Social Security Benefits are a great help to enjoy life after retirement, though it’s not enough. Every year, the prices of our basic needs increase while we still continue to pay our bills.
According to the Social Security Administration, the average amount retirees receive is around $1,500 monthly or $18,000 annually. If one has no other savings or investment, it gets challenging to pay all the bills and live a comfortable life.
The good thing is people are eligible for more benefits through spousal or divorce benefits. Here’s how:
If you are married and your spouse is qualified for the Social Security benefit, you may be eligible for spousal benefits. But it is still based on your spouse’s work record, according to the Motley Fool.
The maximum benefit you can receive in spousal benefits is half the amount your spouse will collect at his/her full retirement age. If your spouse can receive $2, 000 monthly, the most you can receive in spousal benefits is $1, 000 per month.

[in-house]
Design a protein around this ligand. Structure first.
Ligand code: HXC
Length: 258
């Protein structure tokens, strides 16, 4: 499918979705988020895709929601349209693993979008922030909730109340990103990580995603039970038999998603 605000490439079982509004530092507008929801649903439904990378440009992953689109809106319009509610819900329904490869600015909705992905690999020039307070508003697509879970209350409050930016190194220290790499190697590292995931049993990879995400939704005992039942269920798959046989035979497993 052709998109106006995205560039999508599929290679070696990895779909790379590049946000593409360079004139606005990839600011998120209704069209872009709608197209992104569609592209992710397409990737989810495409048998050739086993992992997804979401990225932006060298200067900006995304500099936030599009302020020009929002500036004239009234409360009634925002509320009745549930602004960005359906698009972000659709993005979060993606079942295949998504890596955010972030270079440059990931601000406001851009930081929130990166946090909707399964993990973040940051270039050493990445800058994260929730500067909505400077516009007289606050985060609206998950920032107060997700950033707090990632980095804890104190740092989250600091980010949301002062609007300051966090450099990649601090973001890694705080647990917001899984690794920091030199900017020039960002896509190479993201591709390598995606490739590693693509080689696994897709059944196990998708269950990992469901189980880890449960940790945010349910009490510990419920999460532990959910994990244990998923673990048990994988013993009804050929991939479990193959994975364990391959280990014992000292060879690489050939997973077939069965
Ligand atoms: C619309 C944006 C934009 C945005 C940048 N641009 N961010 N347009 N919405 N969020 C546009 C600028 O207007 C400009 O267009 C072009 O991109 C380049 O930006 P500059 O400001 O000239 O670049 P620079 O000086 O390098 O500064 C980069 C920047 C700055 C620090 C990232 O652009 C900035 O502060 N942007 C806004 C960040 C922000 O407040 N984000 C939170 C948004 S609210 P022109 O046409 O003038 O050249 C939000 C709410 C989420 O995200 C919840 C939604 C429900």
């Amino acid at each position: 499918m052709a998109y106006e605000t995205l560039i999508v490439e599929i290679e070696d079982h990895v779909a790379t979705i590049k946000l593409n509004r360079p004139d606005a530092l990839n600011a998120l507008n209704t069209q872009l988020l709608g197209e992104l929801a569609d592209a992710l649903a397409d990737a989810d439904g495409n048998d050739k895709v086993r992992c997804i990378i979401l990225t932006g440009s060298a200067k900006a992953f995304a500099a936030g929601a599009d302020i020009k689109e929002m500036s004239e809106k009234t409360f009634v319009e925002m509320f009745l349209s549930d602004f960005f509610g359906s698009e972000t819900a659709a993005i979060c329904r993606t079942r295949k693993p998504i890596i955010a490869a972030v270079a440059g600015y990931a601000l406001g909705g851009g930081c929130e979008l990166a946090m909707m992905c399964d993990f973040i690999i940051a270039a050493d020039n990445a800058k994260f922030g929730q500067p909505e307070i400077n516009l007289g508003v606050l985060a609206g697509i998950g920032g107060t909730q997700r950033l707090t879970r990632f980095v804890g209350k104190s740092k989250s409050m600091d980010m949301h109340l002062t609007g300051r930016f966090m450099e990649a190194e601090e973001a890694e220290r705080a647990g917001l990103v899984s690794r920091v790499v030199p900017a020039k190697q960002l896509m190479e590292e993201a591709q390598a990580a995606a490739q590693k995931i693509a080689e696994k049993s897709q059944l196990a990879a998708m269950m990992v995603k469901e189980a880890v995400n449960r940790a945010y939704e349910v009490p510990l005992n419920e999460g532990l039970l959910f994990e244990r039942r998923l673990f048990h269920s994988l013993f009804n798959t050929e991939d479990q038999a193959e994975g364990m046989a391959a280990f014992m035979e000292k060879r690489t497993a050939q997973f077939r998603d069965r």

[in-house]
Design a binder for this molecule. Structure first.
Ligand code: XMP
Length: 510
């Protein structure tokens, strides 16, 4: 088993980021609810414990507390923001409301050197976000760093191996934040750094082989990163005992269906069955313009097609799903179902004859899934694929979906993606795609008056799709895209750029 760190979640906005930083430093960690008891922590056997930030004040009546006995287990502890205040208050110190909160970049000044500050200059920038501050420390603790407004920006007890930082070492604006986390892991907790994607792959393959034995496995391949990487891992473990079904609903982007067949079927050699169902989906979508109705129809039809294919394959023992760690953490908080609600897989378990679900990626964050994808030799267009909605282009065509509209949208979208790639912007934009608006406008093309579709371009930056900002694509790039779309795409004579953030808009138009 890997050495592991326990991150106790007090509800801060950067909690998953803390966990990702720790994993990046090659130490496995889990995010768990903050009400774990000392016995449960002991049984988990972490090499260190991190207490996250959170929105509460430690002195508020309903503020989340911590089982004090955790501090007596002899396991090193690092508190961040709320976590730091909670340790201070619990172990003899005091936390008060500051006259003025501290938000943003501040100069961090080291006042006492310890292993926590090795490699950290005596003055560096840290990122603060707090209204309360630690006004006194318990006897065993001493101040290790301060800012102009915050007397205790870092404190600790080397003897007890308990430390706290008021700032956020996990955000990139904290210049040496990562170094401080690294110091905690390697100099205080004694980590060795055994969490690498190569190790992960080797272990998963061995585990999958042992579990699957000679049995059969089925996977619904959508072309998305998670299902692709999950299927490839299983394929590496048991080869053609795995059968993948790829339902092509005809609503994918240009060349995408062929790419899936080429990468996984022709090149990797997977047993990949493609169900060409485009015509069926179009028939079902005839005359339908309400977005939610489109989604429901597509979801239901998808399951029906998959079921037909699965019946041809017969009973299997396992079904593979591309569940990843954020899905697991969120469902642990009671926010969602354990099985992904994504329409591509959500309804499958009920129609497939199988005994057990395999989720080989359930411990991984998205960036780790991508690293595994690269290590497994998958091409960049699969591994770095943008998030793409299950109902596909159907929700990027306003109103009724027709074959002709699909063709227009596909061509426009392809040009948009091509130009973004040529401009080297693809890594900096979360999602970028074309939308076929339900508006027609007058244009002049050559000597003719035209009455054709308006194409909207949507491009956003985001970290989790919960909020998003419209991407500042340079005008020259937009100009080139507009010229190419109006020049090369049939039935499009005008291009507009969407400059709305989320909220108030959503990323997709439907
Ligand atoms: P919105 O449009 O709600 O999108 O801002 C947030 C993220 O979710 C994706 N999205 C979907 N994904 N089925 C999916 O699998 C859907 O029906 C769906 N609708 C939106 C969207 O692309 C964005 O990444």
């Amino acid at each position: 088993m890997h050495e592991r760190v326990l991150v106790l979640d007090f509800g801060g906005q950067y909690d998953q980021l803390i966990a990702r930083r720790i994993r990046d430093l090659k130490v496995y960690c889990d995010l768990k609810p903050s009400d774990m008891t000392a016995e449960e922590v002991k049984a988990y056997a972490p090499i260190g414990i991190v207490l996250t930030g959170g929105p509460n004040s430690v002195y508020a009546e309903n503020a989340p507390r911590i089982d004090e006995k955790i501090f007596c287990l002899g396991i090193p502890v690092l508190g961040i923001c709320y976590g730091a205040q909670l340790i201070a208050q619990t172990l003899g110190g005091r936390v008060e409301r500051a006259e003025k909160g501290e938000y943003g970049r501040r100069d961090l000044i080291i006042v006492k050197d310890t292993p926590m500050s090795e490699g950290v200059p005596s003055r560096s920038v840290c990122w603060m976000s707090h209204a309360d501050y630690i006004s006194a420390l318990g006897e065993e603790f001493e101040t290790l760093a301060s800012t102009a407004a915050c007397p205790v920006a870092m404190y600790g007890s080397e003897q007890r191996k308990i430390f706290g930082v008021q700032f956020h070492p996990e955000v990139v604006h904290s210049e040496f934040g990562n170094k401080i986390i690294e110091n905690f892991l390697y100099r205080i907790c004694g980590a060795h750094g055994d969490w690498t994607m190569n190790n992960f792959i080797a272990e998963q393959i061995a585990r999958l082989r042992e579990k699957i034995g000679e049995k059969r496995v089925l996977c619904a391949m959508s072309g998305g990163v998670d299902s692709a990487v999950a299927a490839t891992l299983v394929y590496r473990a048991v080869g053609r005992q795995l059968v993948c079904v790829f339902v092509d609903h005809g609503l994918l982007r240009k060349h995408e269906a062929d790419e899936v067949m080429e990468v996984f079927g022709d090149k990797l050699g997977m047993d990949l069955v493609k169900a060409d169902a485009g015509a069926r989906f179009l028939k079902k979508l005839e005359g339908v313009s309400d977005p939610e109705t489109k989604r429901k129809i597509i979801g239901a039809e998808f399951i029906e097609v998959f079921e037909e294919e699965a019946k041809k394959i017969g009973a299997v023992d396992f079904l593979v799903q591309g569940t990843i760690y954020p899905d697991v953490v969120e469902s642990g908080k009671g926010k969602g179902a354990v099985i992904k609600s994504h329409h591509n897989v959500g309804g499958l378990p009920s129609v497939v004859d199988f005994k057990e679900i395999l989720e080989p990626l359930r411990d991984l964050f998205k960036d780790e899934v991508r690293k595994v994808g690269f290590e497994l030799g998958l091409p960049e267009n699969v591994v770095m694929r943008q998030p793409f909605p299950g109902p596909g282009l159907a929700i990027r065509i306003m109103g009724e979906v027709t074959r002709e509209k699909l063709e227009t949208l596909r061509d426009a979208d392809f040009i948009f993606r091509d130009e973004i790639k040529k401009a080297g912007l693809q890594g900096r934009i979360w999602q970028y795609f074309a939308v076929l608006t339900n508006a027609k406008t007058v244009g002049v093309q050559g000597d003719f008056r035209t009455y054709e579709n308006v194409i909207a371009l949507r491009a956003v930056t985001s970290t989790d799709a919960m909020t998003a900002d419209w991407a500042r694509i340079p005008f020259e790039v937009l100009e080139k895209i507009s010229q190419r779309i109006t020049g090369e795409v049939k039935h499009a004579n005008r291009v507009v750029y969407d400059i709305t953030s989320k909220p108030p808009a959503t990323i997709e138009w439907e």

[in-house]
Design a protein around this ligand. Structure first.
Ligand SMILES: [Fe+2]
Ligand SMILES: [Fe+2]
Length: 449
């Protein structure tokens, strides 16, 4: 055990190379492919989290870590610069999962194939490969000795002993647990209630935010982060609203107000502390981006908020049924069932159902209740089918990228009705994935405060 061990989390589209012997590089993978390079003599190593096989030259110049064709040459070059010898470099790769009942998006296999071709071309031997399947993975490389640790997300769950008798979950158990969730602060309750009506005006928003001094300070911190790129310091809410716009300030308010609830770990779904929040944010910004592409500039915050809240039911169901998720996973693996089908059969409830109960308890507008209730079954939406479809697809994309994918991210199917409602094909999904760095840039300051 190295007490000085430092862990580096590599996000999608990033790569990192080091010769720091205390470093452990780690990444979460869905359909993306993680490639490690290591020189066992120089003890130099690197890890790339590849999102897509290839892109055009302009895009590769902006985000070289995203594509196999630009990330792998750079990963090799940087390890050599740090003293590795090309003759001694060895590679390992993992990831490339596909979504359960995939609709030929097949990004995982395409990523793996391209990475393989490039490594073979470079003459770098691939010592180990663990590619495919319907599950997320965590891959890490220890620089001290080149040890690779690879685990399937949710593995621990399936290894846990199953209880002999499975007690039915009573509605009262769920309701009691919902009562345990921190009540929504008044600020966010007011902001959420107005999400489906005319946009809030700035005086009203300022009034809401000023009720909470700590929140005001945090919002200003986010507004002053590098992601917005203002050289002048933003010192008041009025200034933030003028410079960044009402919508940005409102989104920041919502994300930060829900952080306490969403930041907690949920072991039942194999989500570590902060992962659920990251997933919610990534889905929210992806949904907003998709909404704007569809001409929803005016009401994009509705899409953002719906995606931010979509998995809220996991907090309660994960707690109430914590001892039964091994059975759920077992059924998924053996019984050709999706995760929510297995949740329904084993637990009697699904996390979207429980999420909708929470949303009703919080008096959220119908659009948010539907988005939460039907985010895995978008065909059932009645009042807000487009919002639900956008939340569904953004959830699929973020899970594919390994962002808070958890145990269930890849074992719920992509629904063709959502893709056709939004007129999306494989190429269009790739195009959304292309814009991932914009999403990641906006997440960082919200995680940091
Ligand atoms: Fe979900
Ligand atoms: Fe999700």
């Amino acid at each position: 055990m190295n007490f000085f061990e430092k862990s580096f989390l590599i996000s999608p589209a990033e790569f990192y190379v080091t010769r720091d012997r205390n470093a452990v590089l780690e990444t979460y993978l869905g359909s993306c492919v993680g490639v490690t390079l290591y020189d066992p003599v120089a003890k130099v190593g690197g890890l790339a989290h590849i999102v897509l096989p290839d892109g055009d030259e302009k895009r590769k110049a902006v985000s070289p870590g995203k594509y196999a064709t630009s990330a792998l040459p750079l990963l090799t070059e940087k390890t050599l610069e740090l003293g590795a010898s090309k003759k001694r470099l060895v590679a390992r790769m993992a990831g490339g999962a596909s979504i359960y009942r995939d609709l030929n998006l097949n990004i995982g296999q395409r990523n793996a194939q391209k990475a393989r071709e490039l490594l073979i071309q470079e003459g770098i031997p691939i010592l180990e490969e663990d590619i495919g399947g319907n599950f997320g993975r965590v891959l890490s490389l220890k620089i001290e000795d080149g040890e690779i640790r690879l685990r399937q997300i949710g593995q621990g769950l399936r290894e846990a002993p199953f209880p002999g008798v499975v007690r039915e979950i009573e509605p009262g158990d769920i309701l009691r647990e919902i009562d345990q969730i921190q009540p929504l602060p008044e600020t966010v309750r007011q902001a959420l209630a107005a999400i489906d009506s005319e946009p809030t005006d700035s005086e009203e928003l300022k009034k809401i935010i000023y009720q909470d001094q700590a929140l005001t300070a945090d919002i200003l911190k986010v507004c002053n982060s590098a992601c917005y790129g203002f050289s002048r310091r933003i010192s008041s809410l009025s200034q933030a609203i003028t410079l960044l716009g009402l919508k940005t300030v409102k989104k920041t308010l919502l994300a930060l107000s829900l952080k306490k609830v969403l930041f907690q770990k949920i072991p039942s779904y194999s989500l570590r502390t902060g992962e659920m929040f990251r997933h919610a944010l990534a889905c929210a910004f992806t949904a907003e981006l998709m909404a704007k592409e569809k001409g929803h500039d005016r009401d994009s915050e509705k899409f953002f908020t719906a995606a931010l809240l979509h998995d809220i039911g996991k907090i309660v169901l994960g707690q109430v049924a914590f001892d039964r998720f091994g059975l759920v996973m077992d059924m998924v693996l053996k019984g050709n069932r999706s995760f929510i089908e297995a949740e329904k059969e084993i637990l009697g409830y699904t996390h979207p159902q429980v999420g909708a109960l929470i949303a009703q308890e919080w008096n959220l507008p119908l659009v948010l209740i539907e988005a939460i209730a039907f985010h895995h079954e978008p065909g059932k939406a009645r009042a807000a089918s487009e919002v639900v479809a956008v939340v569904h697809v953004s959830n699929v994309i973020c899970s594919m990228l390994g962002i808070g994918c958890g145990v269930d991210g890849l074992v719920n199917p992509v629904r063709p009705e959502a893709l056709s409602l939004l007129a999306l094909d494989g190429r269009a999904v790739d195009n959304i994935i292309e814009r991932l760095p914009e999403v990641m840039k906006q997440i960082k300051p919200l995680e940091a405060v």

But, if you are collecting more than the amount your spouse is collecting in benefits based on your own work record, unfortunately, you are not eligible for spousal benefits.
Yet again, if your benefit amount is lower than what you can collect in spousal benefit, you’ll be receiving the higher amount between the two. For example, if you are collecting $800 based on your own work record, and you are qualified for the $1, 000 monthly spousal benefit, then you’ll receive only $1, 000 monthly, not $1, 800.
Divorce benefits and spousal benefits are somewhat similar but one important key in divorce benefits is, you should not be married currently.
You are eligible for the divorce benefits if your previous marriage lasted for at least 10 years. Even if your ex-spouse is married already, your eligibility to receive divorce benefits won’t be affected. Also, claiming divorce benefits will not affect your ex-spouse’s present partner from claiming the spousal benefits.
In spousal benefits, you can collect a maximum of 50% of your ex-spouse’s benefit at his/her FRA. If you have been divorced for just less than two years, you will have to wait for your ex-spouse to file for Social Security before you can start collecting your divorce benefits.
As early as now, you can start thinking about how spousal or divorce benefits can help you. Understand if you are eligible for any of the two benefits and decide when you want to claim. You can claim the full benefit amount that you are qualified to until your FRA.
Social Security benefits are a big help for a comfortable life after retirement especially if you know how to take advantage of spousal or divorce benefits.